On January 4, 1935, Matthew "Moose" Flanagan and family leave the comforts of Santa Monica for life on Alactraz Island in the San Francisco Bay. Moose's 15-year-old sister Nat has severe autism (the term autism was not coined until 1943 by Dr. Leo Kanner) and her behavior fits the classic profile of Kanner's, or classic/infantile autism. She is preoccupied with her button collection; she counts objects and creatures in her environment and has memorized page numbers in book indices and tables of contents. Devoted to routine, she has meltdowns when unexpected changes are introduced. Her speech is primarily echolalic. She also has a flair for numbers.

Their father accepted a job as an electrician and sometime guard at the infamous prison and their mother keeps insisting Nat is 10 so as to stave off the encroachment of time. The rationale for this is to ensure the girl a place in a special school that has recently opened in San Francisco.

Moose, despite his challenges on the home front appears to have adjusted well. He takes the daily ferry with the other children who live on the island to the public school in the city. An avid baseball enthusiast, Moose falls in with a group of boys who love the sport as much as he does.

Moose's second biggest problem after minding his older sister is the warden's daughter, Piper. A sneaky snitch, she has a bizarre attraction to notoriety and will do just about anything to meet Al Capone, notorious gangster and probably the most infamous prisoner in Alcatraz. She hatches a scheme to have the prisoners launder her classmates' clothing; the catch here is that she sells this service as "having your clothes washed by Al Capone and Machine Gun Kelly.
Read more ›
Comment 12 people found this helpful. Was this review helpful to you? Yes No Sending feedback...
Thank you for your feedback.
Sorry, we failed to record your vote. Please try again
Report abuse
Format: Paperback
I chose this rating because it really showed how life was to have an autistic sister and all that their parents or siblings do to keep them happy. It has a great and surprising ending that really made me want to read the next to books. I truly recommend this book to anybody above 10 because it has some complicated feelings in the book. I am currently waiting for the next two books to arrive I can not wait (Al Capone Shines my Shoes, Al Capone Does my Homework).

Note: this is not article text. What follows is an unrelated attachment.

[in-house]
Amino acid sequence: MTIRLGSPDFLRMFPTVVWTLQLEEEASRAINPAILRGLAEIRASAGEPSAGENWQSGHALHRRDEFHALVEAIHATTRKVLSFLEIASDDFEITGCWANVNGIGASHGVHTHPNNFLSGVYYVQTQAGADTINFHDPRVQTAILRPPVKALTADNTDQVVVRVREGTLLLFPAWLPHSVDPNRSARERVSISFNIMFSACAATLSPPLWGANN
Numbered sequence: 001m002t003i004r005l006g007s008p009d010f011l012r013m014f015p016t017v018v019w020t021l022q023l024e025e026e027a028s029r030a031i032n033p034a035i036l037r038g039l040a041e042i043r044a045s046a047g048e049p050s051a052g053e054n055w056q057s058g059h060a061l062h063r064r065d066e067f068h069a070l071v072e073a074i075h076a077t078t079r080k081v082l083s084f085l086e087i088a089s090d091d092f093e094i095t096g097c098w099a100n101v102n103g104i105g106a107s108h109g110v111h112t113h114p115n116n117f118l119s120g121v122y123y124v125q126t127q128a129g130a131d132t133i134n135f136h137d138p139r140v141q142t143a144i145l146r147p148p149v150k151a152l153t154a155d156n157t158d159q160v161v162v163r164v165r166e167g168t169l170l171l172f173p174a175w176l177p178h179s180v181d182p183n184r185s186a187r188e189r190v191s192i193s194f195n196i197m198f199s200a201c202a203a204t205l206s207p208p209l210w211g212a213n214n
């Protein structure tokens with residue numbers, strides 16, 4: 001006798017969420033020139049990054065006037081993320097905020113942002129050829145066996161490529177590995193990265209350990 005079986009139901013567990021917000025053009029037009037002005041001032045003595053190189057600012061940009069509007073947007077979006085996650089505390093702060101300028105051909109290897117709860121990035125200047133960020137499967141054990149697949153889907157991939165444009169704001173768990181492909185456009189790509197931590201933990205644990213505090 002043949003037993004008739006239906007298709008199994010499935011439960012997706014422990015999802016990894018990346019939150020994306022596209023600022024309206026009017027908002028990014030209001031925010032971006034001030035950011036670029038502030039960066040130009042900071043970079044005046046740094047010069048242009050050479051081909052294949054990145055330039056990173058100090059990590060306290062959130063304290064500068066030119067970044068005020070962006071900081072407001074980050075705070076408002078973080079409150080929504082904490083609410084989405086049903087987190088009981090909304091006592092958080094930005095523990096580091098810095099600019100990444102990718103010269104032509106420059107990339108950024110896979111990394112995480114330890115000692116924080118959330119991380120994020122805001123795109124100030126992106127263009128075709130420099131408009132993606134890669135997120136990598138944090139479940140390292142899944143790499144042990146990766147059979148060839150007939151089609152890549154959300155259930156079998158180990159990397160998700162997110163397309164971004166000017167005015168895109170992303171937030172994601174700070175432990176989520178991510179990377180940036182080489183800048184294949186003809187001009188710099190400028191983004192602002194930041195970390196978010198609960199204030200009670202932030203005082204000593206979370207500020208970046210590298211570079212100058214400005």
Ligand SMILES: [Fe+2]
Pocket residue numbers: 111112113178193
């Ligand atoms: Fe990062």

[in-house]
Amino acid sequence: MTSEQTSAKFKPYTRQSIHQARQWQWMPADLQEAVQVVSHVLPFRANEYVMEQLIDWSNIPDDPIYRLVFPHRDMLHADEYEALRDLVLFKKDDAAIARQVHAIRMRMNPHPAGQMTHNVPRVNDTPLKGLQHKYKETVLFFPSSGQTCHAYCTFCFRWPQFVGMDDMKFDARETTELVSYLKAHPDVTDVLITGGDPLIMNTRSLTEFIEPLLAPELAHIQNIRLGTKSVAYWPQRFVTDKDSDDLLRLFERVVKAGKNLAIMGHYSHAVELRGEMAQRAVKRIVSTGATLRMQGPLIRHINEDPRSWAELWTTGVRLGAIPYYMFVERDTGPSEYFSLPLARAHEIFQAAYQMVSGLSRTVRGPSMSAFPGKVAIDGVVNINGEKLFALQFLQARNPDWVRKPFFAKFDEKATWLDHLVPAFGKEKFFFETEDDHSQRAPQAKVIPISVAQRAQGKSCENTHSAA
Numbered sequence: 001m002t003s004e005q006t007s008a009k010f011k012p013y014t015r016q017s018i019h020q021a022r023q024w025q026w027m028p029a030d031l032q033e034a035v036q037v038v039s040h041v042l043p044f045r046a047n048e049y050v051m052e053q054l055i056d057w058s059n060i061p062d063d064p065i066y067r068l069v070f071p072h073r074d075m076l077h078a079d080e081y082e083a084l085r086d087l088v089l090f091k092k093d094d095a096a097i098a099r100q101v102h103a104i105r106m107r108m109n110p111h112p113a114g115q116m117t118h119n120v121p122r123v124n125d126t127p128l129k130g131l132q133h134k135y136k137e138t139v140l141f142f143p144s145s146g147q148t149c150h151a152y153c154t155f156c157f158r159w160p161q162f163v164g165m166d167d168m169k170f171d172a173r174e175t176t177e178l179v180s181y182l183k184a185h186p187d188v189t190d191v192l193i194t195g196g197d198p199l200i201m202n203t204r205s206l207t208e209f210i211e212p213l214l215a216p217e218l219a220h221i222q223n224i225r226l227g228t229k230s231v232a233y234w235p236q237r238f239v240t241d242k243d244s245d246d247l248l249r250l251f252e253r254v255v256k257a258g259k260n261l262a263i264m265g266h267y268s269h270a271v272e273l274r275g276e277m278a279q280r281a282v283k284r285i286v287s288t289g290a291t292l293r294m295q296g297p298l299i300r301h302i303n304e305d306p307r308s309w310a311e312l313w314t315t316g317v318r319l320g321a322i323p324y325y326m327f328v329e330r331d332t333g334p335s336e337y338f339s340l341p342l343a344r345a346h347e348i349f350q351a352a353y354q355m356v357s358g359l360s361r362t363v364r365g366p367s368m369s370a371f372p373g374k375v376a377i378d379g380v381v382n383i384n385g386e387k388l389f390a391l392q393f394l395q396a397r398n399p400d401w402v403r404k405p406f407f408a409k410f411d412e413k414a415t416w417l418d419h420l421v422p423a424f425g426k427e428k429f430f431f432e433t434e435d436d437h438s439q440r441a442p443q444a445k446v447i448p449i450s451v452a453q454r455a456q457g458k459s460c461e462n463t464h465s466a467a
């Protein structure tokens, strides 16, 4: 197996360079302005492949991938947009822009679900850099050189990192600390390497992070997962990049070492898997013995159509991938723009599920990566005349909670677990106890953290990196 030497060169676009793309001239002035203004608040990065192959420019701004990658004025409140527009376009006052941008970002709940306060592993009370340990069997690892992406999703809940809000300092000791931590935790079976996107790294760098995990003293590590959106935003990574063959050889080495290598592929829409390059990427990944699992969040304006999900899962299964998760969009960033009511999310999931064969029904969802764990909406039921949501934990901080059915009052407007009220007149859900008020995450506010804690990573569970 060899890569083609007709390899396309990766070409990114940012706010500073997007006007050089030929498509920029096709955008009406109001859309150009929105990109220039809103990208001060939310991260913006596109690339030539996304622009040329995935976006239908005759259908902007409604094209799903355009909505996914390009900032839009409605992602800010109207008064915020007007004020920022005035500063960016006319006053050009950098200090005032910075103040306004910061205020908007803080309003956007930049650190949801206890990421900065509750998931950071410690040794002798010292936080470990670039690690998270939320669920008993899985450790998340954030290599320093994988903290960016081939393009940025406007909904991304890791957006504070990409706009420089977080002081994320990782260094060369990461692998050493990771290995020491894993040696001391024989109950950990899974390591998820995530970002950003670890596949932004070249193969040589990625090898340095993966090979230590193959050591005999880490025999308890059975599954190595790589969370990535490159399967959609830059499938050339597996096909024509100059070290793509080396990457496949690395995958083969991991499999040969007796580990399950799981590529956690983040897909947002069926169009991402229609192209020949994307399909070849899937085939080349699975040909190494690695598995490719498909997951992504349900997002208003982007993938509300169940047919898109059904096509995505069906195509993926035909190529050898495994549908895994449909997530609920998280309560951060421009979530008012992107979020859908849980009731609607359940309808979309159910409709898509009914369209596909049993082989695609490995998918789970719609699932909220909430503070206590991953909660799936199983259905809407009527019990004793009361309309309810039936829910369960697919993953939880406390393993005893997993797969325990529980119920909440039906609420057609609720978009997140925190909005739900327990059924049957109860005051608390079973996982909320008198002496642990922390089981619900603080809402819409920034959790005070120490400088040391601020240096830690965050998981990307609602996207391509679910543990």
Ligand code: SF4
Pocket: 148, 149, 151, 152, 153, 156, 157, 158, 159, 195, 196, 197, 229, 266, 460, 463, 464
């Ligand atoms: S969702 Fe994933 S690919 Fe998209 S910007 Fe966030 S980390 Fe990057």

Comment 3 people found this helpful. Was this review helpful to you? Yes No Sending feedback...
Thank you for your feedback.
Sorry, we failed to record your vote. Please try again
Report abuse
Format: Paperback
I'm a big fan of tween coming-of-age books, and there are lots of good ones. But, you know, many of them are classics built on nostalgia for a rural past. That's fine, but a little bit of "how I spent my summer down on the farm" with Grama, my cousin, my uncle, or my foster family, goes a long way with modern kids.

This novel gives us a strong protagonist, with strong parents, a challenging sibling situation, and a novel setting. All of that is fine by me. The writing style is effective and straightforward, but doesn't overreach. The book earns its emotional punch over time; it doesn't try to bully you emotionally or stylistically, which I think is fine for the target readership.

So, definitely worth a try.
Comment One person found this helpful. Was this review helpful to you? Yes No Sending feedback...
Thank you for your feedback.
Sorry, we failed to record your vote. Please try again
Report abuse
Format: Kindle Edition
It's a while since I read this, but it has stayed with me as being once of the most beautiful and best-written children's books I've ever read. Same for the sequel, Al Capone Shines My Shoes. I'm midway through the third in the series at the moment (Al Capone Does My Homework) and so far it's just as good. They feel like books that are not just 'of the moment' but might actually stand the test of time. They feel like classics.

I love this book because the world of a child living on Alcatraz as the son of a prison guard feels so real. As I read I kept thinking to myself that it seemed like the author must have had first hand experience of it, or lived during that time, which obviously isn't the case - she's just done her research. I also loved this book because the main character, Moose Flanagan, is so likeable and sweet and such an upstanding young man, but one who always seems to get landed with the short straw. All the other characters feel very real to me as well, especially Piper, who I veer between loving and hating.

I'm always recommending this book to people and am surprised it's not more well-known.
Comment One person found this helpful. Was this review helpful to you? Yes No Sending feedback...
Thank you for your feedback.
Sorry, we failed to record your vote. Please try again
Report abuse
click to open popover